We have to submit control over our lives back to God. We have to admit (or even be convinced/reminded) that God has a great plan for our lives. When we try to solve everything on our own, we end up just making things messier.
There’s no chance that I could fix my car. I know how to check my oil. I know where to put the gas. That’s really about it. If my car starts making sounds or stops running, the first thing I’m going to do is take it to a shop. I don’t pretend to know what I’m doing. I don’t try to be macho and stand in front of my car with the hood up thinking I’m going to identify the problem. I might as well be doing a heart transplant.
So, why then, do I try to fix things in my own life and ignore God’s control over it? Pride, selfishness, greed…I could go on. Those things all get in the way. The Christian-y saying is that we need to “lay down our problems at the throne.” Translated into everybody-speak, it means that God wants us to hand over our challenges, fears, wants and needs. It means to turn over control of trying to diagnose and treat ourselves. It means to honor God by acknowledging that he can (and will) tend to our needs.
Ephesians 4:22-24 says, “You were taught, with regard to your former way of life, to put off your old self, which is being corrupted by its deceitful desires; to be made new in the attitude of your minds; and to put on the new self, created to be like God in true righteousness and holiness.”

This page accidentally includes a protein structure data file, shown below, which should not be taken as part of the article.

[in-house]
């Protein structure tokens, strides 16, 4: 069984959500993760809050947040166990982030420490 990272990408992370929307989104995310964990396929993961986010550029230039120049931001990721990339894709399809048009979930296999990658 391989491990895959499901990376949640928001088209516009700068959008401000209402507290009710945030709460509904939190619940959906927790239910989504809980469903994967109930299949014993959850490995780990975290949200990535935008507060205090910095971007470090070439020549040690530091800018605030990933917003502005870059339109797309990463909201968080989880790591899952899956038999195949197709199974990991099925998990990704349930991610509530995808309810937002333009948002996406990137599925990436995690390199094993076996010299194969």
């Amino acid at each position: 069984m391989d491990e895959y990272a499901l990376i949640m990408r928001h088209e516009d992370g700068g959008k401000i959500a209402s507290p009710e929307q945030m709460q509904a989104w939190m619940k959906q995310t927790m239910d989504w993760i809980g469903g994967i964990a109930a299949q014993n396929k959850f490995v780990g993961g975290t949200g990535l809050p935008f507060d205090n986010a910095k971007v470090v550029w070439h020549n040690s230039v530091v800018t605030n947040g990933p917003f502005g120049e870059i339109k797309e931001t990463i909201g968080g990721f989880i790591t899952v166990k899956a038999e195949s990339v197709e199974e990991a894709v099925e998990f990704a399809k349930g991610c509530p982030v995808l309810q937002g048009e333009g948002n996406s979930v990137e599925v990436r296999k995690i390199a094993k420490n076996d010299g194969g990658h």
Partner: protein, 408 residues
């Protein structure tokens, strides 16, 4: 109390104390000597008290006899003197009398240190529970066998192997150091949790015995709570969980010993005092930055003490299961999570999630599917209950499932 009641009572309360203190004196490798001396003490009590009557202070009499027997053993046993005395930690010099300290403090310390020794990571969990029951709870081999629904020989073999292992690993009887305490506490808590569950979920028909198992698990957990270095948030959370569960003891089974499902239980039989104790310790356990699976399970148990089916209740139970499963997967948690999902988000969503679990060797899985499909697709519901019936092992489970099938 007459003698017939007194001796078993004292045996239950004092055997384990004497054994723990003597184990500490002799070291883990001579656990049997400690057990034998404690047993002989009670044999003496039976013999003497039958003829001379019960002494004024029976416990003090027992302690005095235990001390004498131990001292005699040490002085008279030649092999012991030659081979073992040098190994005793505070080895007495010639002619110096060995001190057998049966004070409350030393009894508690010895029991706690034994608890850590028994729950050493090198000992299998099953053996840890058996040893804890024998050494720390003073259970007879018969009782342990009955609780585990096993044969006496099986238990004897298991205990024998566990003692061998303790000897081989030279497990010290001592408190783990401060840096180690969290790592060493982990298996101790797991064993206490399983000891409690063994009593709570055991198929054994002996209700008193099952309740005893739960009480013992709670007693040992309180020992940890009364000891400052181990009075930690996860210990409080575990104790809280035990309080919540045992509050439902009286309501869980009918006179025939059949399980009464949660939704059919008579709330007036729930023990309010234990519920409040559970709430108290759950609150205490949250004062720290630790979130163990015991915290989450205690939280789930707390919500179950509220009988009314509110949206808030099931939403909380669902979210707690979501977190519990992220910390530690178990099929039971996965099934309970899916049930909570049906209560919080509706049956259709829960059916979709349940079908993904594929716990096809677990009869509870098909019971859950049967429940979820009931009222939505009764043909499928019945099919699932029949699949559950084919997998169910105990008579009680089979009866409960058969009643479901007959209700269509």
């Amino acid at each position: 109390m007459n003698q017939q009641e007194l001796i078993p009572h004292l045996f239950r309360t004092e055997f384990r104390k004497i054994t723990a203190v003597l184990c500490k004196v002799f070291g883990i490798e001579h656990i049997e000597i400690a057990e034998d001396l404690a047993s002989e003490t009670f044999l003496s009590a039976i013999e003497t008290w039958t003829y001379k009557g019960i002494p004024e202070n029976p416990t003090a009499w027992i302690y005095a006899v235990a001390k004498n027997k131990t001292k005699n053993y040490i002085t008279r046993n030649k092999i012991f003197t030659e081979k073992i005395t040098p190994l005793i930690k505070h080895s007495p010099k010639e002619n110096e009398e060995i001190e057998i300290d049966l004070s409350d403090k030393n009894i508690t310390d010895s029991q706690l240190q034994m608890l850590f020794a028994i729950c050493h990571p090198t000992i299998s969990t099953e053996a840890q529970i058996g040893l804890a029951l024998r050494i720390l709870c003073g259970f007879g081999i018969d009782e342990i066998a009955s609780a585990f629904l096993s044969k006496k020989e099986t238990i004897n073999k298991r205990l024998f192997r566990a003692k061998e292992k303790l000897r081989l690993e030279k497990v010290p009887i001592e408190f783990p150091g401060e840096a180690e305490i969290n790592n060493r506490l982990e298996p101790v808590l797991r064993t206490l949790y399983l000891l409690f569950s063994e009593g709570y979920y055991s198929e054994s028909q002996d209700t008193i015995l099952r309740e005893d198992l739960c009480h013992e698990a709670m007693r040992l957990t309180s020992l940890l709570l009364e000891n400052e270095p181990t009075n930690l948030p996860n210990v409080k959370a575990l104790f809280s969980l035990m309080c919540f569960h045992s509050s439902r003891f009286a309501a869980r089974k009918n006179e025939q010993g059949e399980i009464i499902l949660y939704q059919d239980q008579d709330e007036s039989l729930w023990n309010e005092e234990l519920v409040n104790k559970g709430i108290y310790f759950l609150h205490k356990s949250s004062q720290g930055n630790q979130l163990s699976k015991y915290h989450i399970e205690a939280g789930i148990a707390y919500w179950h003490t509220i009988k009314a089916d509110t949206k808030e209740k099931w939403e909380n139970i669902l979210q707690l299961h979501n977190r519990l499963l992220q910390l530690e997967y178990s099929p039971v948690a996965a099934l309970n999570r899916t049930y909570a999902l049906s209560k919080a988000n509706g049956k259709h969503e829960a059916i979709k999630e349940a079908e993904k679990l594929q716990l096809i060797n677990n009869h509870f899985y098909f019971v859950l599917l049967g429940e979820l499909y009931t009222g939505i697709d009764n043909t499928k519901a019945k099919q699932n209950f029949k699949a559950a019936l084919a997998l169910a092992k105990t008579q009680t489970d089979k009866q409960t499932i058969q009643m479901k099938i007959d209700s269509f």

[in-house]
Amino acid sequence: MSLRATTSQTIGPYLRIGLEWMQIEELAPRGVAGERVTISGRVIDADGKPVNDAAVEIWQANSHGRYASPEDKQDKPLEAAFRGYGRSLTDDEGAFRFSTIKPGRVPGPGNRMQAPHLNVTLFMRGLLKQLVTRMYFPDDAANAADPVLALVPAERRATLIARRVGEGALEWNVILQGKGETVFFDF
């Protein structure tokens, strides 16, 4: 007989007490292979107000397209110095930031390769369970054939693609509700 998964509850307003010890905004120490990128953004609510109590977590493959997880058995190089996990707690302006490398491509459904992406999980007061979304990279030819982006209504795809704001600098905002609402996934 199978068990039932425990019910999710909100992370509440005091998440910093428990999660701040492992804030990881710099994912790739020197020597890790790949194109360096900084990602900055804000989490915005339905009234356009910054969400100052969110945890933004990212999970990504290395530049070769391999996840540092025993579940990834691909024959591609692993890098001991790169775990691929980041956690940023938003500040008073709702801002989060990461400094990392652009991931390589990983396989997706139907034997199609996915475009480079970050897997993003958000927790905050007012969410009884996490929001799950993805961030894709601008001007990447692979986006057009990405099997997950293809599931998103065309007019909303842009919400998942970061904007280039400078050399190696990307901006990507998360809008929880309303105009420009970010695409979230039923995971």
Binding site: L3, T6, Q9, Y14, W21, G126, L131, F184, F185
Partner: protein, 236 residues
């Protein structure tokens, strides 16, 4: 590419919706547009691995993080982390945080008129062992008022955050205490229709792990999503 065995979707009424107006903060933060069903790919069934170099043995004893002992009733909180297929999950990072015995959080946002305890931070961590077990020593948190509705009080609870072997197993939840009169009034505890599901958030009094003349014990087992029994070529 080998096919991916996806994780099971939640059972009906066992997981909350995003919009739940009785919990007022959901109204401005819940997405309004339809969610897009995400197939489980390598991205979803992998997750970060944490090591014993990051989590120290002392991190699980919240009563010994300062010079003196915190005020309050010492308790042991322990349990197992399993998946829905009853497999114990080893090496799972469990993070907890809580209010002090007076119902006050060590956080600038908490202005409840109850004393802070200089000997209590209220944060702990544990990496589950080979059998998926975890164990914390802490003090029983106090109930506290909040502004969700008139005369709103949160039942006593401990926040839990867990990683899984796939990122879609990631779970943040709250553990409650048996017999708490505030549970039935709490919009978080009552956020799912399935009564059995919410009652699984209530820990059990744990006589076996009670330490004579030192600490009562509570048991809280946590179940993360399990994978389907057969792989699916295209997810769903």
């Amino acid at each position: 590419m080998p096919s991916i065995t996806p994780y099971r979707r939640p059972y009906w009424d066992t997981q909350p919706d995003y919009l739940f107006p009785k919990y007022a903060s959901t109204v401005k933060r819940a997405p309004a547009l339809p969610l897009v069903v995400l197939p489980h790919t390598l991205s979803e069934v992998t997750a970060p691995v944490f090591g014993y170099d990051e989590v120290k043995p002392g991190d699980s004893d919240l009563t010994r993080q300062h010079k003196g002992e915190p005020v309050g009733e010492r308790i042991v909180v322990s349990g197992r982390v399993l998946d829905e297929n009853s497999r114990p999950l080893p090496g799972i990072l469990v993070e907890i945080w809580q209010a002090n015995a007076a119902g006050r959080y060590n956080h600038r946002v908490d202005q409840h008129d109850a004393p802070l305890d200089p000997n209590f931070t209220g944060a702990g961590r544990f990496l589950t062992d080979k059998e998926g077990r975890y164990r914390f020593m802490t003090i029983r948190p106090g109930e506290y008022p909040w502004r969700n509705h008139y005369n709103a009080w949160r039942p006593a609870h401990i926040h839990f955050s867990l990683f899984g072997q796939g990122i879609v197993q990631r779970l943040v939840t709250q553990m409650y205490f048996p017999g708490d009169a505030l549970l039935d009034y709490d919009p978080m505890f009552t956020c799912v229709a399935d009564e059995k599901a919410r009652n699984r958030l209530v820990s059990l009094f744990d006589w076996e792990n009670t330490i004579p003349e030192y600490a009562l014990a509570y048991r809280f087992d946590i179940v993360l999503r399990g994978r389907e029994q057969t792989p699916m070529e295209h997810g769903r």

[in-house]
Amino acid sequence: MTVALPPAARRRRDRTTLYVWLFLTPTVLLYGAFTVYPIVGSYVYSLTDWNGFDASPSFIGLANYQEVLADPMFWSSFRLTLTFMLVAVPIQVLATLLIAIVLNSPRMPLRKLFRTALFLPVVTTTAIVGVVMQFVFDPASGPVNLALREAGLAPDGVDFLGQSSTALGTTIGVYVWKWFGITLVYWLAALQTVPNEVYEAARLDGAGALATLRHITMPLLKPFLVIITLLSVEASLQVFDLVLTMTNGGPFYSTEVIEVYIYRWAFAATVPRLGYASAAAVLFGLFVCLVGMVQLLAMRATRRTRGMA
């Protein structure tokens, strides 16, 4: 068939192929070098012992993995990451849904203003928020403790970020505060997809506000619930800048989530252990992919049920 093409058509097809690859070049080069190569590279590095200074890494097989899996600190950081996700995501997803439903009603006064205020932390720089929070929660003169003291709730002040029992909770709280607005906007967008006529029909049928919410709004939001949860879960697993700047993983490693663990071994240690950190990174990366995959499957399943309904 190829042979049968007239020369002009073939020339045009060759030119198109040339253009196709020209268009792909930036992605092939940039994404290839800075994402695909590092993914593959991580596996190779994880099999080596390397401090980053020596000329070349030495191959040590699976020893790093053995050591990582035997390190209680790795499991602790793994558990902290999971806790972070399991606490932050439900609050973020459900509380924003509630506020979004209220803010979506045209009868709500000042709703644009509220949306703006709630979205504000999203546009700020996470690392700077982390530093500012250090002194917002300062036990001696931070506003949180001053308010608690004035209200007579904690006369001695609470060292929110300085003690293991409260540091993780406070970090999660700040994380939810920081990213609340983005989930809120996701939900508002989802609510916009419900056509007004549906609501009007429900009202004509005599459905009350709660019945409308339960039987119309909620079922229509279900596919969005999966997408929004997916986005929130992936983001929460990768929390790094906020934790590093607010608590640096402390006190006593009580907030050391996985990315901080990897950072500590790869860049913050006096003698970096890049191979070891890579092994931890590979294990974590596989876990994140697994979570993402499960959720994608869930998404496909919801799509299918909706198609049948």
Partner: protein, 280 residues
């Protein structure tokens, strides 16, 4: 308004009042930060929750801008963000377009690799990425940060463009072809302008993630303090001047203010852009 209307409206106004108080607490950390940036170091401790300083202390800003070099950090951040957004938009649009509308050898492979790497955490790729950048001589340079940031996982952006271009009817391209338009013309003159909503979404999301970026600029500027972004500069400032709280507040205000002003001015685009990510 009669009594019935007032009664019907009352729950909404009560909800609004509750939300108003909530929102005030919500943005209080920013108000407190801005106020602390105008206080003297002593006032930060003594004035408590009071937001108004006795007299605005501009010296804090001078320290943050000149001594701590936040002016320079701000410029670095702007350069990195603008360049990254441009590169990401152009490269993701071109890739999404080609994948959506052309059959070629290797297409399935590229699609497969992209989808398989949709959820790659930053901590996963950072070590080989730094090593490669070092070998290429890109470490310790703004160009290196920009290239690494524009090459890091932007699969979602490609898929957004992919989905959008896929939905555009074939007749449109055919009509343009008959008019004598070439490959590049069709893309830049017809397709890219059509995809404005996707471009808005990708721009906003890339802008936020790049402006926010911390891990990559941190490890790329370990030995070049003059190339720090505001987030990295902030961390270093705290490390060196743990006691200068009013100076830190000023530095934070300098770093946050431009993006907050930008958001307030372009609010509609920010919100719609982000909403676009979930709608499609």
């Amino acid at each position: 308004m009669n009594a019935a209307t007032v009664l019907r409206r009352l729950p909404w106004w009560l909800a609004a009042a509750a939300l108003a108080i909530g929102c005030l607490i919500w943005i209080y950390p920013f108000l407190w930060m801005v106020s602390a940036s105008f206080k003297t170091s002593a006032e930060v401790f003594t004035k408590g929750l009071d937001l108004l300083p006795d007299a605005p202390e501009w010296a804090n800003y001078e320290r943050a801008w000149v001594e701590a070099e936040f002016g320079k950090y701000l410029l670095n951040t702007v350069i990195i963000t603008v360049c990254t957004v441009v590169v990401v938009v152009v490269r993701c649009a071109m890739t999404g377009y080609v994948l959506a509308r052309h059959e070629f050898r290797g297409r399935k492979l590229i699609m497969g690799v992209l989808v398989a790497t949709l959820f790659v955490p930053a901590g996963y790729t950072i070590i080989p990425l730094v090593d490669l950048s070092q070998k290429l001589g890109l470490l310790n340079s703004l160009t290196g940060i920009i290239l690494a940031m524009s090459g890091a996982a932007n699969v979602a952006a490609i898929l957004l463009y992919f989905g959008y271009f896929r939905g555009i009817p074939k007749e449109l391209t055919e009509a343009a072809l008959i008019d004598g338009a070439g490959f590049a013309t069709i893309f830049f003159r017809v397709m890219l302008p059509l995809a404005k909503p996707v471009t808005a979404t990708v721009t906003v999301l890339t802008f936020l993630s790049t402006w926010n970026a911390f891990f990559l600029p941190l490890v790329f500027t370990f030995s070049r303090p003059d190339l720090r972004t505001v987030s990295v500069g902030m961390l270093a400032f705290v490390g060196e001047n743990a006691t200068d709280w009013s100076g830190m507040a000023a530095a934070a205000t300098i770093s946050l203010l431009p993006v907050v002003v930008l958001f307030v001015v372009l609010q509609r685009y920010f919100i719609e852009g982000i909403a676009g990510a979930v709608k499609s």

Could God have just made a butterfly a butterfly? Of course. But, instead, God chose to make the butterfly into a caterpillar first – a creature that creep out a lot of people – before miraculously transforming it into a beautiful, graceful butterfly. We experience the ugly so we can be that much more appreciative of the beauty.
We have to alter our perspective. We get so caught up looking in the mirror that we forget to look at the one who’s image we were made to reflect. We get so preoccupied looking ahead that we stop looking up.